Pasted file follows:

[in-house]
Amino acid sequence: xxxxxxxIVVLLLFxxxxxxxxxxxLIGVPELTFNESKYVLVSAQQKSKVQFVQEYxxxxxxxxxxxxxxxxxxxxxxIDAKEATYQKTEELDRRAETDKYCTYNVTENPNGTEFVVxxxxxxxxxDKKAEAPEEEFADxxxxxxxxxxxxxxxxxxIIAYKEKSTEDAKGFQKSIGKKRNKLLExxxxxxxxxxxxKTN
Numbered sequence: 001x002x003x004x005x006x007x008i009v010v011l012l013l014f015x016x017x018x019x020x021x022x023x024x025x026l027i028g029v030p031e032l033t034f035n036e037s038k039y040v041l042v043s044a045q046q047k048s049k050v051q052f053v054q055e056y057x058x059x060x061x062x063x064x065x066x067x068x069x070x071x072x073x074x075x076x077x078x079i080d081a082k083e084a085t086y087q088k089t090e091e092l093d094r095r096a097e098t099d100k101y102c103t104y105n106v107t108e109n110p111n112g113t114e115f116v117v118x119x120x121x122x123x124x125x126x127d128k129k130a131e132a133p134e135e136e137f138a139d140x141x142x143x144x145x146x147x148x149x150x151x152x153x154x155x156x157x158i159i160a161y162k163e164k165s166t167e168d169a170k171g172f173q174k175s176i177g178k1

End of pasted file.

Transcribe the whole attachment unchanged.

[in-house]
Amino acid sequence: xxxxxxxIVVLLLFxxxxxxxxxxxLIGVPELTFNESKYVLVSAQQKSKVQFVQEYxxxxxxxxxxxxxxxxxxxxxxIDAKEATYQKTEELDRRAETDKYCTYNVTENPNGTEFVVxxxxxxxxxDKKAEAPEEEFADxxxxxxxxxxxxxxxxxxIIAYKEKSTEDAKGFQKSIGKKRNKLLExxxxxxxxxxxxKTN
Numbered sequence: 001x002x003x004x005x006x007x008i009v010v011l012l013l014f015x016x017x018x019x020x021x022x023x024x025x026l027i028g029v030p031e032l033t034f035n036e037s038k039y040v041l042v043s044a045q046q047k048s049k050v051q052f053v054q055e056y057x058x059x060x061x062x063x064x065x066x067x068x069x070x071x072x073x074x075x076x077x078x079i080d081a082k083e084a085t086y087q088k089t090e091e092l093d094r095r096a097e098t099d100k101y102c103t104y105n106v107t108e109n110p111n112g113t114e115f116v117v118x119x120x121x122x123x124x125x126x127d128k129k130a131e132a133p134e135e136e137f138a139d140x141x142x143x144x145x146x147x148x149x150x151x152x153x154x155x156x157x158i159i160a161y162k163e164k165s166t167e168d169a170k171g172f173q174k175s176i177g178k1